Redesigned Power and Privilege Training Helps Volunteer & Nonprofits Collaborate

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Topics: Diversity, Equity, Inclusion & Belonging

Redesigned Power and Privilege Training Helps Volunteer & Nonprofits Collaborate

Five benchmarks for volunteer programs or workplaces committed to diversity, equity, inclusion & belonging.

Last year, Full Circle Fund (FCF) launched an initiative to refresh its “Power and Privilege” training workshop to work collaboratively, respectfully, and effectively with professionals from all backgrounds.

While the training is available only to active volunteer Members, there are many key takeaways that can be applied to almost any skills-based volunteer program, including boards of directors, as well as many workplaces committed to diversity, equity, inclusion, and belonging. Our new “Insights Report: Power and Privilege” highlights five benchmarks from perspectives to practice.

The redesign was part of FCF’s work to “put grant partners at the center” of our programs. This includes:  

  • Using best practices in participatory grantmaking and trust-based philanthropy to inform our design and track our progress.

  • Designing programs with research insights from nonprofits through regular interviews, surveys, and focus groups, we learn about and center the nonprofit Grant Partner experience. We apply our design principles--to build trust and honor our collective resources--to every design process.

  • Educating ourselves and our volunteer Member community about the importance of recognizing power and privilege in grantmaking and volunteerism, and practical ways to create equitable partnerships with nonprofits.

As part of our larger equity work, the FCF team created a matrix with the lived and learned experiences we hoped to have on a stakeholder-centric design team. In order to further equity conversations within our sphere of influence, in 2021 FCF evaluated and redesigned our existing Power & Privilege workshop intended to train volunteer Members in the basics of identity, power, and privilege to equip them to work collaboratively, respectfully, and effectively with professionals from diverse backgrounds.


From January to April 2021, FCF convened a team of volunteer designers representing key stakeholder groups. Designers convened twice weekly to conduct a robust collaborative design process. A second team of advisors reviewed the work product and offered direction and support. The volunteer designers and advisors were offered stipends as appreciation for their time and expertise.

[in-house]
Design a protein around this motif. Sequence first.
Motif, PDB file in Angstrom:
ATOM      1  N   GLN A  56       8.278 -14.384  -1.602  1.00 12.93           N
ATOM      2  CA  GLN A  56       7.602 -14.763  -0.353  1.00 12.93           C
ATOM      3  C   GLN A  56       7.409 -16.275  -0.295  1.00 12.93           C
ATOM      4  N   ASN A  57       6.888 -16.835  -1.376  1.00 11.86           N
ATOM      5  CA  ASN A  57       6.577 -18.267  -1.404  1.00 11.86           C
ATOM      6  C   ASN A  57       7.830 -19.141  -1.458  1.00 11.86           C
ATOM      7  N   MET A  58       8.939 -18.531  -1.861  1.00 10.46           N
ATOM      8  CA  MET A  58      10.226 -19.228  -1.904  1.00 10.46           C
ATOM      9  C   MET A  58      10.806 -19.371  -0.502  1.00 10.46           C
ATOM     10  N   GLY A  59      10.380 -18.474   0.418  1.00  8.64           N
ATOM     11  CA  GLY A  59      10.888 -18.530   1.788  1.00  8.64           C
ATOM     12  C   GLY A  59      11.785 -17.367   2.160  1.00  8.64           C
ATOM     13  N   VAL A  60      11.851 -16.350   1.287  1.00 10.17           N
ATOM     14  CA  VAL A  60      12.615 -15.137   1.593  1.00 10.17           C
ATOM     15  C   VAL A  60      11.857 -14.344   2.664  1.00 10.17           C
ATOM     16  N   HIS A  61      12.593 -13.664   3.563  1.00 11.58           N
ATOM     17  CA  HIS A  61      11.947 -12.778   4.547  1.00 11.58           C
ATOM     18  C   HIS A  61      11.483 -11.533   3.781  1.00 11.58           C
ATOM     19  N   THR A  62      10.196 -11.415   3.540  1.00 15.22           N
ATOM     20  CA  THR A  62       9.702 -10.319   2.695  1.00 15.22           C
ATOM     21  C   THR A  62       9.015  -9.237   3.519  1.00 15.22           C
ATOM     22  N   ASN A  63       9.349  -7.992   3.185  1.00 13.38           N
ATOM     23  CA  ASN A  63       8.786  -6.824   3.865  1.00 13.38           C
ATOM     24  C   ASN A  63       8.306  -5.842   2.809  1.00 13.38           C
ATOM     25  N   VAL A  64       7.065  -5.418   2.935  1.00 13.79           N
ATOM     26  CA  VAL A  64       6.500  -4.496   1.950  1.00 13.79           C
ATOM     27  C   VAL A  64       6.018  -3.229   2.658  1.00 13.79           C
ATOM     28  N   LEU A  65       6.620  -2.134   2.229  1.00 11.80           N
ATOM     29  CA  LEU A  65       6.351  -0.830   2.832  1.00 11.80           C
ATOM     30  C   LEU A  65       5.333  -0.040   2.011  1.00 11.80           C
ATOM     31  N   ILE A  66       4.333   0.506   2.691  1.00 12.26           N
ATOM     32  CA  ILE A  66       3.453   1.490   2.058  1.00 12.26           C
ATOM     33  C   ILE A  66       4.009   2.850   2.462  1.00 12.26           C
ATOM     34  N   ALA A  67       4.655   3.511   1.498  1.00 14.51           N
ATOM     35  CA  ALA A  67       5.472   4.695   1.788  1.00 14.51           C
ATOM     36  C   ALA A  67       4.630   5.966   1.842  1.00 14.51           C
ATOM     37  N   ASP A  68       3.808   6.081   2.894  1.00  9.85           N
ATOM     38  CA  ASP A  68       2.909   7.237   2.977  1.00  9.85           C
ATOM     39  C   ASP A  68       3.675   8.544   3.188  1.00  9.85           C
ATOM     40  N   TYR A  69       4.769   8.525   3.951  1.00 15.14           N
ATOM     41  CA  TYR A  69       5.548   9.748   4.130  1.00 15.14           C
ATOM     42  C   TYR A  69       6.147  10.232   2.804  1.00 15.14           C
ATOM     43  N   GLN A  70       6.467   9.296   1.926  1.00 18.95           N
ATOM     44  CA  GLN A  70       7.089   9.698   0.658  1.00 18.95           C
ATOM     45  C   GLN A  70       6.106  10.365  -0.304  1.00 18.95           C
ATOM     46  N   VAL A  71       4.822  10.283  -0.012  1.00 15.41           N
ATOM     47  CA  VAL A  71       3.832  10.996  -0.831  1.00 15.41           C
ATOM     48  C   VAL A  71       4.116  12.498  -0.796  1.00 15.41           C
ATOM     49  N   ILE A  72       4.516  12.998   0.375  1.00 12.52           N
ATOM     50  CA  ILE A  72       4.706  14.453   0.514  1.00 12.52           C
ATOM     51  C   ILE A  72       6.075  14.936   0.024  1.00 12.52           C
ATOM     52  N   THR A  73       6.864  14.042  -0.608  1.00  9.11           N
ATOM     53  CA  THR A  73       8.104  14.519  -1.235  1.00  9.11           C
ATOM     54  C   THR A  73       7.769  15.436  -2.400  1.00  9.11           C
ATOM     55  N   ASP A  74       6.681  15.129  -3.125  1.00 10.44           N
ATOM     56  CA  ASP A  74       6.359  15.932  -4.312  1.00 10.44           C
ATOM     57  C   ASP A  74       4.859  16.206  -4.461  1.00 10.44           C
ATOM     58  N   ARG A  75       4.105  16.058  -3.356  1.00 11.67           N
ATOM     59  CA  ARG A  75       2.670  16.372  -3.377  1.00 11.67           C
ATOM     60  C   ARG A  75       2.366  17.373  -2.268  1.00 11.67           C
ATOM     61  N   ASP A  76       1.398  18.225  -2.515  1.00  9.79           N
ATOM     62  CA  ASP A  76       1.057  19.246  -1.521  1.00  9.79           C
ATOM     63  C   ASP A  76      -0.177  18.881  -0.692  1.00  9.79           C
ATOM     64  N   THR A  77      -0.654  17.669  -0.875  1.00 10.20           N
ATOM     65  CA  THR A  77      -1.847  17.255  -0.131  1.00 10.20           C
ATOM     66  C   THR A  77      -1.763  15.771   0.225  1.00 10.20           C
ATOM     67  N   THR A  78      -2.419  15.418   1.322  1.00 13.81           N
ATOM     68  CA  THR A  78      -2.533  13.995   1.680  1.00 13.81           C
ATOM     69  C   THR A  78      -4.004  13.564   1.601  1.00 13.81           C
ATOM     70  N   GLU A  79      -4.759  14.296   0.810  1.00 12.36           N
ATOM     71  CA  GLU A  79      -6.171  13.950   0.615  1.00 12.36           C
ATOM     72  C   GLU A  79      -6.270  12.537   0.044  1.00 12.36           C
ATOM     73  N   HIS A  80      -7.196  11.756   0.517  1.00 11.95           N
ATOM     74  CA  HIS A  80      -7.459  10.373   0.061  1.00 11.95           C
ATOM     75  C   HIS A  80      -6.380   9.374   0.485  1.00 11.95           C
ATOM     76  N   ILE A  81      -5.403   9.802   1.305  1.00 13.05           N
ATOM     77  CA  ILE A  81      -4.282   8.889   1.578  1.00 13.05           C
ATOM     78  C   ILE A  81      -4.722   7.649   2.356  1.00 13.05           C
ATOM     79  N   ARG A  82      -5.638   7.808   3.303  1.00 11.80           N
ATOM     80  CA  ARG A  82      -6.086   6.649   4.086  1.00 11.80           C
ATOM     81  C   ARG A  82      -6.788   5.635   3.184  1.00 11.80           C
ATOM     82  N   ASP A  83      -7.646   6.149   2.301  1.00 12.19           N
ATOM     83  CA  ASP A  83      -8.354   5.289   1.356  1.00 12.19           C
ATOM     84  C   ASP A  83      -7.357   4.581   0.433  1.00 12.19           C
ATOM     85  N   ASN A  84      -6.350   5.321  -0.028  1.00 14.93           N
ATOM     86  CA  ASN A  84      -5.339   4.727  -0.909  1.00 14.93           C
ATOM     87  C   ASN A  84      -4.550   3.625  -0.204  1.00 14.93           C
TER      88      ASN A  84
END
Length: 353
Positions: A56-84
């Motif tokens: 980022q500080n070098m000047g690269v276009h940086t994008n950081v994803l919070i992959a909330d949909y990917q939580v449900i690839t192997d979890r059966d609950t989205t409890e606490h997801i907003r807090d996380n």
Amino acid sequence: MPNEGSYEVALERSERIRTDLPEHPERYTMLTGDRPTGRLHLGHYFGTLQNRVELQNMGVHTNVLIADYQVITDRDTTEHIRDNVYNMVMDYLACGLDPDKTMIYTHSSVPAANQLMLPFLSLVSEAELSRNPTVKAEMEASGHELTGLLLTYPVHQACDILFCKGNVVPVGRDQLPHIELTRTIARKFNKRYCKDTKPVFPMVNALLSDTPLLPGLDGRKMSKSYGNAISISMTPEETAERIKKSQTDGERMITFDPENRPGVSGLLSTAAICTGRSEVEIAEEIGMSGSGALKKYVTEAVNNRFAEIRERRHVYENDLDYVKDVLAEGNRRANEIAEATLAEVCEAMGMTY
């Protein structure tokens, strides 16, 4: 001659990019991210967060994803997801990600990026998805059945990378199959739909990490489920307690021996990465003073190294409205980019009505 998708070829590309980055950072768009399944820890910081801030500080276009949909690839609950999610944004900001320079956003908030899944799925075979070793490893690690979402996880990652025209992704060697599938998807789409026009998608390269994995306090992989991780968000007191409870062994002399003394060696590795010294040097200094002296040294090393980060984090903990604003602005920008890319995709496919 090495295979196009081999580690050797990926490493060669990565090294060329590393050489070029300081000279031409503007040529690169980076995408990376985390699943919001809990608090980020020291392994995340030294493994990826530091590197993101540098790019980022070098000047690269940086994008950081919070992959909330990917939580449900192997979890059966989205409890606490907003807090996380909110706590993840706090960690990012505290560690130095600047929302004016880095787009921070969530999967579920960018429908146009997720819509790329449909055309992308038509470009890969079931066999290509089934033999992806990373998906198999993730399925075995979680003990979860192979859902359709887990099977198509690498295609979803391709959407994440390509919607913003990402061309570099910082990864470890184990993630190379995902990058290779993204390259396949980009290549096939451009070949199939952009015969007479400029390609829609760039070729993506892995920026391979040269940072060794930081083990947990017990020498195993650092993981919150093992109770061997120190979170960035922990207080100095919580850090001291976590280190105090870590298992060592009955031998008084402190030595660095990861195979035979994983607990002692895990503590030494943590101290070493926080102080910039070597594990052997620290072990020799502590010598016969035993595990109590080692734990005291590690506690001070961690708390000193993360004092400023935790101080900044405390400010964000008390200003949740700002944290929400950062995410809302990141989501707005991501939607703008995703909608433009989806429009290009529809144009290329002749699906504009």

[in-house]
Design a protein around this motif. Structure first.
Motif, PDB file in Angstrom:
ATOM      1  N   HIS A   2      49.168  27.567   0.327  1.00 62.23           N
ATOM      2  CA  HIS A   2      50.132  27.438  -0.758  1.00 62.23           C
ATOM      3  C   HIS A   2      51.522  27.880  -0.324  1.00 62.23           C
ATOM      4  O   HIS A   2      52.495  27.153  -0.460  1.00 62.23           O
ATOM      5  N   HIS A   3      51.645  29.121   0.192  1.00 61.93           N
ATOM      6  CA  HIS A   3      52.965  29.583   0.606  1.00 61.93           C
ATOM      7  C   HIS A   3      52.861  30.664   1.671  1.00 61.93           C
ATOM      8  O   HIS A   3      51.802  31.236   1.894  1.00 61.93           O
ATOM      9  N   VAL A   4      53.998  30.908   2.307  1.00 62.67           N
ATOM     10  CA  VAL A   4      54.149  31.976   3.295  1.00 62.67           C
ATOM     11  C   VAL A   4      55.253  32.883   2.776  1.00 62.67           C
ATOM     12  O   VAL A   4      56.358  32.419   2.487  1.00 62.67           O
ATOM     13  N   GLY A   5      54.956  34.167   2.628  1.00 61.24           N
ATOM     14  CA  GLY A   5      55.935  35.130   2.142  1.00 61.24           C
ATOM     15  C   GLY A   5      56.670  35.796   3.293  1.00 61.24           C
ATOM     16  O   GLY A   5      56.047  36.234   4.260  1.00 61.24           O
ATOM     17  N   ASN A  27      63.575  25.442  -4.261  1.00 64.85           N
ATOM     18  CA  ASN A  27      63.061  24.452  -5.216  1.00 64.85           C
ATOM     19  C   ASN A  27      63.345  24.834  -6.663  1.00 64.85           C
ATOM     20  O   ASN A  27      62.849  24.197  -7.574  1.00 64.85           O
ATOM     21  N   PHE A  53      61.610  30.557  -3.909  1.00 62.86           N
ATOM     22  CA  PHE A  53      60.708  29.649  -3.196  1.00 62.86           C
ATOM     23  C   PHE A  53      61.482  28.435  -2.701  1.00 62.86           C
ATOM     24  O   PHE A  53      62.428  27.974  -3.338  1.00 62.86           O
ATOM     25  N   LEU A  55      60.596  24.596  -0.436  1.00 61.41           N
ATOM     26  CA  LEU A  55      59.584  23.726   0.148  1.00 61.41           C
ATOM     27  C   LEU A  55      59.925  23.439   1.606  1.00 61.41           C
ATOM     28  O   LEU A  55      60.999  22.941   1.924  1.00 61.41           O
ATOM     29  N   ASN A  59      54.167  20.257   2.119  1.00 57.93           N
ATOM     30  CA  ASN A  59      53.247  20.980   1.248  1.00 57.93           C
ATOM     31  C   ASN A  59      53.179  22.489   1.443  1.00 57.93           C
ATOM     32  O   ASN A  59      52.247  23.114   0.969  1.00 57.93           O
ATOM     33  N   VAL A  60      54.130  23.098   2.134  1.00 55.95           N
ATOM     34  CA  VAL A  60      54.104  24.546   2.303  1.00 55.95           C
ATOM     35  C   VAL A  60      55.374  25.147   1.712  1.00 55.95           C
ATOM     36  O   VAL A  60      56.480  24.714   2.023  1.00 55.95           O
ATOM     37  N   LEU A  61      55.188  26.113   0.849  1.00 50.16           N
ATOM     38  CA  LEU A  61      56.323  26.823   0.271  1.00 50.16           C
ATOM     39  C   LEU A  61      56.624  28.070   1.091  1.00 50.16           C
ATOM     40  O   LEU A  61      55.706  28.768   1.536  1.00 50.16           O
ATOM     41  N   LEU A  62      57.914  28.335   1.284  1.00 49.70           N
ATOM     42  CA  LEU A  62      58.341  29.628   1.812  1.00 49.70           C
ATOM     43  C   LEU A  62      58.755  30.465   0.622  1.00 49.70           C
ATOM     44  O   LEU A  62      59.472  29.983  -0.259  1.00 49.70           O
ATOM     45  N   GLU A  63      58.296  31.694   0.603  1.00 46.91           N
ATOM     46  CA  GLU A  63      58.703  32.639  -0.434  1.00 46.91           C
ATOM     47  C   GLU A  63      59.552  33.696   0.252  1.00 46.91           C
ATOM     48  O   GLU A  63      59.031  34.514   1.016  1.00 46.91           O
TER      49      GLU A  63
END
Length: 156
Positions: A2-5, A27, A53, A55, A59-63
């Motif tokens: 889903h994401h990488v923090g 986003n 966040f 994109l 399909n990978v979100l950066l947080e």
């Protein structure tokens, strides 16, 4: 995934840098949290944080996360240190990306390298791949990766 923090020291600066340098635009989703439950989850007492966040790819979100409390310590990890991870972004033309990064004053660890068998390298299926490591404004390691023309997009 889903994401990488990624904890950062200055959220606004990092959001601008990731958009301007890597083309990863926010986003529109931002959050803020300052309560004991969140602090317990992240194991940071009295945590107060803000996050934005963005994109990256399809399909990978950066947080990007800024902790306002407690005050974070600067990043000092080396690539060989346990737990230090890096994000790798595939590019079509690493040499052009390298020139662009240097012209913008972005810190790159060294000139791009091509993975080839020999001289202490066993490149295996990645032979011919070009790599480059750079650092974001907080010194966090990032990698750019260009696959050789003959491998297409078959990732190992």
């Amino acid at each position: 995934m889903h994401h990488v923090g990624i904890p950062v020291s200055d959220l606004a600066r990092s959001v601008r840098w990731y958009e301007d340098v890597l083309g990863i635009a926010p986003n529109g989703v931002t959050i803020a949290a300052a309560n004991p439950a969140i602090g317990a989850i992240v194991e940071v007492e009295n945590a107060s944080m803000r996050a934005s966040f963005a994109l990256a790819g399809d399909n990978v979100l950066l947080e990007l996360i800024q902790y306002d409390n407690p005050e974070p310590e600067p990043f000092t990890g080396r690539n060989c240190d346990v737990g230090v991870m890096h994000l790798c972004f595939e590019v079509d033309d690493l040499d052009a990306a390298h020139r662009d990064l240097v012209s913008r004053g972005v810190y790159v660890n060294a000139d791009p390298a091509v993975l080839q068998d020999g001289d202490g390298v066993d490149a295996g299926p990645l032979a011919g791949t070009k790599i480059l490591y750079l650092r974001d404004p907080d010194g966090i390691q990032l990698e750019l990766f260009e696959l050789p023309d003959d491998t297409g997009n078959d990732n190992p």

The design team first identified the design question: “What do volunteers need to know about identity, power and privilege to engage with nonprofit leaders in ways that build trust and use everyone’s resources wisely?” They gathered insights via surveys with volunteer members and interviews with leaders in both nonprofit Grant Partner leaders and corporate social impact, and diversity, equity and inclusion sector.


Designers shared insights, generated overarching themes from the insights, and defined the participant learning journey.

Prototype and Validate

Designers created a training prototype and iterated based on feedback. Advisors reviewed the training prototype and offered additional input. FCF volunteer Member leaders attended a prototype training and offered feedback. Steelcase Global Change Corp teams participated in a revised prototype training and offered feedback.


The team finalized presentation materials and began delivering the training in July 2021. What was learned during content development and the interviews is captured as training pre-read for participants. Key takeaways were used to develop the five benchmarks outlined in the Insights Report.

Ongoing Journey

Learning about power and privilege isn’t a check box, it’s an awakening. Once you see systems, you can see ways that you’re benefiting or perpetuating them, and you can practice sharing power and making change.